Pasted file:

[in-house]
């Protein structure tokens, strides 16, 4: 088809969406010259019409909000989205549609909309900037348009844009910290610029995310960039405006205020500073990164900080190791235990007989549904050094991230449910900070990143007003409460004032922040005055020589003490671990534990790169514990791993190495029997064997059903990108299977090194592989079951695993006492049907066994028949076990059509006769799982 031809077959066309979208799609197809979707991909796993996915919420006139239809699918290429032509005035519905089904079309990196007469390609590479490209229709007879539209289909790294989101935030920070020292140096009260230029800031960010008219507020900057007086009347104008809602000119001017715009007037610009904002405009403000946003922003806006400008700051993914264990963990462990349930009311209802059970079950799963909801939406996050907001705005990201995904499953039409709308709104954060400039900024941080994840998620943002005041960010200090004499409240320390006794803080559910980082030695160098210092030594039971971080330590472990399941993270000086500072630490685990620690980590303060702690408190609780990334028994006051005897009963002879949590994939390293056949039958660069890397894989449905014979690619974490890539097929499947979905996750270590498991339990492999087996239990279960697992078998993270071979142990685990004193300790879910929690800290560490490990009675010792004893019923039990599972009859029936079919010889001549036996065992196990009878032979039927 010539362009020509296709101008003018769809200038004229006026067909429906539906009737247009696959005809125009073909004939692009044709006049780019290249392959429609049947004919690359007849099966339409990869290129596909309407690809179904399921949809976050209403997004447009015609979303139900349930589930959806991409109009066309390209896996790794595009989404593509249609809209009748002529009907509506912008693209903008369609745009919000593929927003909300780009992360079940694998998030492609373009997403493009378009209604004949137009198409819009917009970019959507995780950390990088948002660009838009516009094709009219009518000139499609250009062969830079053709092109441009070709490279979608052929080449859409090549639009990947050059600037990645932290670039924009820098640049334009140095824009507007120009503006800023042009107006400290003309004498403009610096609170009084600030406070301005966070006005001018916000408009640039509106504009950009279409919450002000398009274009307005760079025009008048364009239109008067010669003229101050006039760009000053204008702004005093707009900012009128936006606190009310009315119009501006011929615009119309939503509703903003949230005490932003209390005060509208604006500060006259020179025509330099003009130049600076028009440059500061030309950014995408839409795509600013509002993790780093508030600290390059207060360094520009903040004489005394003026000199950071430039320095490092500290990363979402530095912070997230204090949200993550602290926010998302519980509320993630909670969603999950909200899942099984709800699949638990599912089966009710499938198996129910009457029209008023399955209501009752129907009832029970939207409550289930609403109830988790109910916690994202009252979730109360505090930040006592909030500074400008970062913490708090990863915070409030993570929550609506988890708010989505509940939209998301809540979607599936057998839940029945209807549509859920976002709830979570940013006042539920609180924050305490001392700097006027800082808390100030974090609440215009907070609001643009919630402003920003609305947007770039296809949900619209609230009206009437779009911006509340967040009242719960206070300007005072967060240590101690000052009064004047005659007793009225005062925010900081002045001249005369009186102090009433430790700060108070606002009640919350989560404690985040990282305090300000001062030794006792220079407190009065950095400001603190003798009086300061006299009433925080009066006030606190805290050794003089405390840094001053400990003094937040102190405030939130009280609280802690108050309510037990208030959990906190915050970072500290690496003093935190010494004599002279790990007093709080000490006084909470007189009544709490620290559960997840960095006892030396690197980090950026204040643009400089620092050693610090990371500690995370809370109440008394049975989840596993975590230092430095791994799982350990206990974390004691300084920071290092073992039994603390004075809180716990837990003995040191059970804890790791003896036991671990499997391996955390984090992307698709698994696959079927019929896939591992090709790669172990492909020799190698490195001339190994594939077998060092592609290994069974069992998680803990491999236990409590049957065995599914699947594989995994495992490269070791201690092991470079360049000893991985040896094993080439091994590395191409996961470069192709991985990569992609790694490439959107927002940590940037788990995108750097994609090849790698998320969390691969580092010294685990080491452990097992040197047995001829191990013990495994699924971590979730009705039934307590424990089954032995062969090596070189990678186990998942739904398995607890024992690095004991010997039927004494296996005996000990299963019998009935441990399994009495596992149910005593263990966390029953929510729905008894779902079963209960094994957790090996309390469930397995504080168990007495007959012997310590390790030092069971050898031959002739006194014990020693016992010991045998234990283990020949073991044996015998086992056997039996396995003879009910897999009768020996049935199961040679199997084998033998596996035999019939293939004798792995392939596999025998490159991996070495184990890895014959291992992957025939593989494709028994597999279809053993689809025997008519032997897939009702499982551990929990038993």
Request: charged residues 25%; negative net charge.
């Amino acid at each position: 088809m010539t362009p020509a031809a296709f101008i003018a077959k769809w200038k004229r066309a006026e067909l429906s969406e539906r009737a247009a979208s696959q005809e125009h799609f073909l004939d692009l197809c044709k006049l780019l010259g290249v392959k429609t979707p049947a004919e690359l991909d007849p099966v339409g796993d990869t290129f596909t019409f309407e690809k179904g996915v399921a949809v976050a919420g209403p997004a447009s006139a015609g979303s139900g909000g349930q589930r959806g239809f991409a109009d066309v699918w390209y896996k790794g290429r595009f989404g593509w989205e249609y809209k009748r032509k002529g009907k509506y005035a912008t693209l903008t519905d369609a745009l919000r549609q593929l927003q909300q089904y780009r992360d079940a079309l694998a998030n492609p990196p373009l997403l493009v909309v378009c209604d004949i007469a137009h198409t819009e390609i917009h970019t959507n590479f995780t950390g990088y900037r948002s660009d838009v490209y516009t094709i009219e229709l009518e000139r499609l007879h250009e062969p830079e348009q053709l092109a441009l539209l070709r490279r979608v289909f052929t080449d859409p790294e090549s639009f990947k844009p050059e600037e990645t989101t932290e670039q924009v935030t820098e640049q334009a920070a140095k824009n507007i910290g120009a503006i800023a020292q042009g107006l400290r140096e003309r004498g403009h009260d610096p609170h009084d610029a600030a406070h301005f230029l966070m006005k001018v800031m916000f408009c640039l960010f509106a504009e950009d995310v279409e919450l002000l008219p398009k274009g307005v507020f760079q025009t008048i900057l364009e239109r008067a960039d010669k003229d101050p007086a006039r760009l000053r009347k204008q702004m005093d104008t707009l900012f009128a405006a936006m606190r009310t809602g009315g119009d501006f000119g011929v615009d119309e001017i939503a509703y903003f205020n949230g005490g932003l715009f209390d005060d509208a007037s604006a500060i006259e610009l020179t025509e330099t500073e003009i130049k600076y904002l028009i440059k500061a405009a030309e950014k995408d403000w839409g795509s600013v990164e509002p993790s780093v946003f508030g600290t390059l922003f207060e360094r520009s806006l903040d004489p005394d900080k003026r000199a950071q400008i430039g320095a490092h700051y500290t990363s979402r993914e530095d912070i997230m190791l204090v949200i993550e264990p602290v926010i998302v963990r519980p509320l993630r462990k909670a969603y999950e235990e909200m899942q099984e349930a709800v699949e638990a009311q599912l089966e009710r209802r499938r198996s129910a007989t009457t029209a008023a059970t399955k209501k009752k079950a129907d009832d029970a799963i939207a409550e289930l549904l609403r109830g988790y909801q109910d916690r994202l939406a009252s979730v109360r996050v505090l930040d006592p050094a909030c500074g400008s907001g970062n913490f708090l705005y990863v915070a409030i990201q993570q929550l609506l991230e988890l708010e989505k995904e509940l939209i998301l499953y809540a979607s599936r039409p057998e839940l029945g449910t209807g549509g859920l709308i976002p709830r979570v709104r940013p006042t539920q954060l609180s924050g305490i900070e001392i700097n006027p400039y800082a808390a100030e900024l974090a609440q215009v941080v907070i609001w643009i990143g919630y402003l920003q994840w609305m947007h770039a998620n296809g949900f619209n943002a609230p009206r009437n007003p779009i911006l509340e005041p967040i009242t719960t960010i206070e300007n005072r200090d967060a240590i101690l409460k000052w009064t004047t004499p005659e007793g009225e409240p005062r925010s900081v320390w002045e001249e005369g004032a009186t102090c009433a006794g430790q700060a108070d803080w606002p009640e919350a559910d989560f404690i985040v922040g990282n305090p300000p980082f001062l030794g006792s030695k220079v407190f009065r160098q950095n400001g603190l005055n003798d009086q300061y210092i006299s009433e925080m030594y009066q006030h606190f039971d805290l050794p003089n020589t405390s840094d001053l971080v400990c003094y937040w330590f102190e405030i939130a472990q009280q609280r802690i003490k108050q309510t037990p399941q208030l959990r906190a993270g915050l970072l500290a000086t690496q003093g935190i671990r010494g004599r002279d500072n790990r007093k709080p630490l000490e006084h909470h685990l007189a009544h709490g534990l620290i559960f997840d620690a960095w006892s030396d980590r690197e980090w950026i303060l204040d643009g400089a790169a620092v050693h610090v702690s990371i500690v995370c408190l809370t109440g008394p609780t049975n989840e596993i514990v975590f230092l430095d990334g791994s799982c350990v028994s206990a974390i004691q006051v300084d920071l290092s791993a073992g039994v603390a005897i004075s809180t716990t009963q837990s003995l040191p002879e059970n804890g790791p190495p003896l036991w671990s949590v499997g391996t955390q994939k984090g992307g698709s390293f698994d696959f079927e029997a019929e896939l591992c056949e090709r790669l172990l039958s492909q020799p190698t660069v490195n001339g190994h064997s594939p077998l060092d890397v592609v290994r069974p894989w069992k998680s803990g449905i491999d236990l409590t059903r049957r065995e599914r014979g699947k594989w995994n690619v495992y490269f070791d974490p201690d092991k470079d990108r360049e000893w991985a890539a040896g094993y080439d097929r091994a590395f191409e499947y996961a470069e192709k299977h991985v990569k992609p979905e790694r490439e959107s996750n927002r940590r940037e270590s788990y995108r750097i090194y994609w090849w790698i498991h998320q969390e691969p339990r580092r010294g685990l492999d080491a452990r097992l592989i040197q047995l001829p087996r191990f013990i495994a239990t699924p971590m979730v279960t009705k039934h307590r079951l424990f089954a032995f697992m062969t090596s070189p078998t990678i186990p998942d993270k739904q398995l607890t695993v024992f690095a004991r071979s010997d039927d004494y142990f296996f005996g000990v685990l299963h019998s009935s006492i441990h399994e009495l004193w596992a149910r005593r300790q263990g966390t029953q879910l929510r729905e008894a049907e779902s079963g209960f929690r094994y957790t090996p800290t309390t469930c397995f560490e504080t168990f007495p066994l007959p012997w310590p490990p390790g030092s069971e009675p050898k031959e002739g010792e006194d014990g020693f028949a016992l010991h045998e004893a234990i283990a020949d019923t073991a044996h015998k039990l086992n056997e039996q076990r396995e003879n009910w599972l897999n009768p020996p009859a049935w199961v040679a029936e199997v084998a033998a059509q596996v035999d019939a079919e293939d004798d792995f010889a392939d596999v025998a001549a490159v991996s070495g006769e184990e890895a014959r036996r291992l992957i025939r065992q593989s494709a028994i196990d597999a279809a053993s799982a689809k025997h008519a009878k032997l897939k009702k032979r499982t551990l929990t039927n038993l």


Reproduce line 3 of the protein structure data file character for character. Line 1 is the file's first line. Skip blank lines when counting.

Request: charged residues 25%; negative net charge.